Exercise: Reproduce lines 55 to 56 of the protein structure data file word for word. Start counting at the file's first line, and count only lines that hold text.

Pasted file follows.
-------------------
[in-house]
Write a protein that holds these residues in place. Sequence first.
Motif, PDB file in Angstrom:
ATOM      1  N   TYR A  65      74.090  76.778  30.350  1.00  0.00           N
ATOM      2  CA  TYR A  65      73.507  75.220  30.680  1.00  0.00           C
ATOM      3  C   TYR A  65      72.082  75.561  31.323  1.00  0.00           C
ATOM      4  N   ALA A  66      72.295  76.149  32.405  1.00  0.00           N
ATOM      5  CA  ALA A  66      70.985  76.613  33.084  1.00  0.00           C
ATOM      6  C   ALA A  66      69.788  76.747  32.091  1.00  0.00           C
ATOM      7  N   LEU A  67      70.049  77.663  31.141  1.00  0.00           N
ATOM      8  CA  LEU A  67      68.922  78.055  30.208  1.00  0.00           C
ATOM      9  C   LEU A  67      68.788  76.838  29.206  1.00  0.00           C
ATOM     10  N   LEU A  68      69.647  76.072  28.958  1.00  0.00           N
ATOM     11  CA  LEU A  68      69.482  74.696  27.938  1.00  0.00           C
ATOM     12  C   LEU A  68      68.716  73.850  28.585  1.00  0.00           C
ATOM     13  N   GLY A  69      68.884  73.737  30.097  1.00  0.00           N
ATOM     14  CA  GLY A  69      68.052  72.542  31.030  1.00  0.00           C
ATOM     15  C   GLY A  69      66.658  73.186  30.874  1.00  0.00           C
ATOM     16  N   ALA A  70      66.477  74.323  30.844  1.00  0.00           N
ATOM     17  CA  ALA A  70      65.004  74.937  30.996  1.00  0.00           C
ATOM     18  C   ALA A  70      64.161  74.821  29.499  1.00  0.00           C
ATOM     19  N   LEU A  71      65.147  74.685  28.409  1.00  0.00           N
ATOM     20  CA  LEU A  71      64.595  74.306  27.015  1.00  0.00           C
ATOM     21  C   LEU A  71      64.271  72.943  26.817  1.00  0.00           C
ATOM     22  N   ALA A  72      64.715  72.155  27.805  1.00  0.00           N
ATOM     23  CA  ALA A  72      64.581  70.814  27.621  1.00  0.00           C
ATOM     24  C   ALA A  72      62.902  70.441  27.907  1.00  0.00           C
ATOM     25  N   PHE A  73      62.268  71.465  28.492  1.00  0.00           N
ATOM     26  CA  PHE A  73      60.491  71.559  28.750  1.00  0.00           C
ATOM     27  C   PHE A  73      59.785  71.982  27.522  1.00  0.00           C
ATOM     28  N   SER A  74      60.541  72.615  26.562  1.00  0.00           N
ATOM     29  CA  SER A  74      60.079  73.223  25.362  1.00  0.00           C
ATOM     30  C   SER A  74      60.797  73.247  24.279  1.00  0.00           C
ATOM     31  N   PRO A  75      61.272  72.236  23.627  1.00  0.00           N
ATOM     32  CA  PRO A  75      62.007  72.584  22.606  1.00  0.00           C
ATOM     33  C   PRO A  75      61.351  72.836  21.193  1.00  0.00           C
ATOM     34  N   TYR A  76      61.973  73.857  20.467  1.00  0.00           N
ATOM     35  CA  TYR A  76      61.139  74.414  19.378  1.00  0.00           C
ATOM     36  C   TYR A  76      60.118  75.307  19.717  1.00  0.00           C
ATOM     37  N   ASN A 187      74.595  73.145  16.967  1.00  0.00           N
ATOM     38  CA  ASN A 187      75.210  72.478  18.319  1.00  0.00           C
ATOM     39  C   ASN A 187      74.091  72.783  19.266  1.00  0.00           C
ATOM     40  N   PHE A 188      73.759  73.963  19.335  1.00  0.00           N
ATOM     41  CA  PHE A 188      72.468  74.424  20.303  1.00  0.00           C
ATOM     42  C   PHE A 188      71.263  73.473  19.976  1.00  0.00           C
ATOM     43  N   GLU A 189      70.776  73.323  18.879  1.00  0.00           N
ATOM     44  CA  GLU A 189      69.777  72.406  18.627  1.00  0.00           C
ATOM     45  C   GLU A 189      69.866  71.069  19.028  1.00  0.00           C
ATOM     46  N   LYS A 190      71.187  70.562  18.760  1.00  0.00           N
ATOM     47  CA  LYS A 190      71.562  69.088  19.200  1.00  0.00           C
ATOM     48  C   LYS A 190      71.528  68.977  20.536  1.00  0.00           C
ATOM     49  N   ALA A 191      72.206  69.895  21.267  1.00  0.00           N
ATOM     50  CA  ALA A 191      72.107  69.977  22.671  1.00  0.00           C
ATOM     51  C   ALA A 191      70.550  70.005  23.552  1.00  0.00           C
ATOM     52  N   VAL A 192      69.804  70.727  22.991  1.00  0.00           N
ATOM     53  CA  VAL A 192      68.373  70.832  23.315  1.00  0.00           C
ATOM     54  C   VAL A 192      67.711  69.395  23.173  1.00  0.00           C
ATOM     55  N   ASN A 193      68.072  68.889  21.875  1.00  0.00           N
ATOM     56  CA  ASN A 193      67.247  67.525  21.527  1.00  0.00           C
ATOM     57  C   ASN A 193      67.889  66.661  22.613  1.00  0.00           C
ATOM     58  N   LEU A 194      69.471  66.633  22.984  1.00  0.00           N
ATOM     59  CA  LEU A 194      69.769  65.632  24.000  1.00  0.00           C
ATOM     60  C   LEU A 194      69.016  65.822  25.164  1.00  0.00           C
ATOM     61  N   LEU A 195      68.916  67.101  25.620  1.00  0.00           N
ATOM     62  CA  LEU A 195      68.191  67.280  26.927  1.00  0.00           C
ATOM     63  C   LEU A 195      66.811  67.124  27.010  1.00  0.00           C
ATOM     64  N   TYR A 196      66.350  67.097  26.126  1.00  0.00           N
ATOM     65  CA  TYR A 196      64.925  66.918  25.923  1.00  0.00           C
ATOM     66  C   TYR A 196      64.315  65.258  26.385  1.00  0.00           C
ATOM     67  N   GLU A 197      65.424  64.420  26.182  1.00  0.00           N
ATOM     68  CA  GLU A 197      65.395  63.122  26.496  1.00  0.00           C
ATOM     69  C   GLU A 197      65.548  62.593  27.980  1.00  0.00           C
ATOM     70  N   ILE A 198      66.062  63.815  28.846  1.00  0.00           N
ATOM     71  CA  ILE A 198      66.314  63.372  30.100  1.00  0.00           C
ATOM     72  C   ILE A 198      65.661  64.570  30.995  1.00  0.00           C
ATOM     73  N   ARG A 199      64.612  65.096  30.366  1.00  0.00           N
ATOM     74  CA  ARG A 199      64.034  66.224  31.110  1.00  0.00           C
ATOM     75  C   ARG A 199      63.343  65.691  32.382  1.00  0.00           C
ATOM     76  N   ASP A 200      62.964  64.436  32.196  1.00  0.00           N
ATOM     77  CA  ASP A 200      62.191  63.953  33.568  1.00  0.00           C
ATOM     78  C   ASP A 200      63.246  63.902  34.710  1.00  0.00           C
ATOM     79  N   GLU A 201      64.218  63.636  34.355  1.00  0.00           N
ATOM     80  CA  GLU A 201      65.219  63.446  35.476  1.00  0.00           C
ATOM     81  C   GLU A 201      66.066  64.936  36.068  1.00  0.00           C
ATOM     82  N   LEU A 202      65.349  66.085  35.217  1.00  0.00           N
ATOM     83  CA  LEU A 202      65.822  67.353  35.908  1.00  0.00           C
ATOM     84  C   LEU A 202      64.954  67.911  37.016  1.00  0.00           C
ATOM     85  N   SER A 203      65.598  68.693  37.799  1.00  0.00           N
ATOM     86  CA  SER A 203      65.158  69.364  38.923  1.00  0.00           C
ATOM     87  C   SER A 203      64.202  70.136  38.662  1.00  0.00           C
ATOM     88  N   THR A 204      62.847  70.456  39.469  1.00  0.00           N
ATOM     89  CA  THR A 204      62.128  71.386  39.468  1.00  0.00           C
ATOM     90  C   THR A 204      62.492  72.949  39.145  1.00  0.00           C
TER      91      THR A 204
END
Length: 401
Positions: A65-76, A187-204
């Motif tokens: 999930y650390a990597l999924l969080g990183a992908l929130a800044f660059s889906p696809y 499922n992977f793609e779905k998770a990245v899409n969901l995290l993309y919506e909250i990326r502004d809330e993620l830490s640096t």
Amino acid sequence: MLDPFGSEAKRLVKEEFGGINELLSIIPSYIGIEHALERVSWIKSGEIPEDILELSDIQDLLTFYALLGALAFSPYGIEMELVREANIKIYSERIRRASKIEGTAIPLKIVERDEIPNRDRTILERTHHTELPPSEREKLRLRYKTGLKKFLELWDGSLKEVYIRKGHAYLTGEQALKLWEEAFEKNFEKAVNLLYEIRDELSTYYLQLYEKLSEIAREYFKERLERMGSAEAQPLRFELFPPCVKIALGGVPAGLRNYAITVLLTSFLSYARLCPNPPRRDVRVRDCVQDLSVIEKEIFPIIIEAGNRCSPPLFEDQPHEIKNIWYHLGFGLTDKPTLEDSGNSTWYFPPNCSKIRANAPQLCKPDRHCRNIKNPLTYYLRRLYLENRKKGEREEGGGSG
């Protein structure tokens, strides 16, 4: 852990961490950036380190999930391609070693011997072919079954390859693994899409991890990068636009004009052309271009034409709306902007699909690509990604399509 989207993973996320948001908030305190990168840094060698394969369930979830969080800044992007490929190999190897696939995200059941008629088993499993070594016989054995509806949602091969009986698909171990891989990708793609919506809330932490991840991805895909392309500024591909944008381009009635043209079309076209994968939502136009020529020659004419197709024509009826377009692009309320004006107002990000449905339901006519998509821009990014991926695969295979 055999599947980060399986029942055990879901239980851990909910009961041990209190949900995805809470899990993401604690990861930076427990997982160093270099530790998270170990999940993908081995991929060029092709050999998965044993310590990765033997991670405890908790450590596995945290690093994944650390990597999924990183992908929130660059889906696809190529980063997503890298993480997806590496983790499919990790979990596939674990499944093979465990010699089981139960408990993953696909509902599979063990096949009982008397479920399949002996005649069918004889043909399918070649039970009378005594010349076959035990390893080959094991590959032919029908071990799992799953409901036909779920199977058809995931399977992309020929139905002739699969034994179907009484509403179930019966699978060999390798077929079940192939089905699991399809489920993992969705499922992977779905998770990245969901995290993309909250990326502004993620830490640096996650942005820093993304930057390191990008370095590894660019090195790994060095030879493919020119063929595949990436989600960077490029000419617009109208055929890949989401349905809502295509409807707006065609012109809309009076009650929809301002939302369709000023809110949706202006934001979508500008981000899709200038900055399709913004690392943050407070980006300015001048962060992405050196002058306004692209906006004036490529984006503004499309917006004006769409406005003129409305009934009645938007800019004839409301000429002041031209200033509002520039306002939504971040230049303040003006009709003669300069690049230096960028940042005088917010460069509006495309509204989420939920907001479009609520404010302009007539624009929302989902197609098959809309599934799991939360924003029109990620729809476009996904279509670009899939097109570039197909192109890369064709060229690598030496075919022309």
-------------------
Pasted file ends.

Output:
ATOM     52  N   VAL A 192      69.804  70.727  22.991  1.00  0.00           N
ATOM     53  CA  VAL A 192      68.373  70.832  23.315  1.00  0.00           C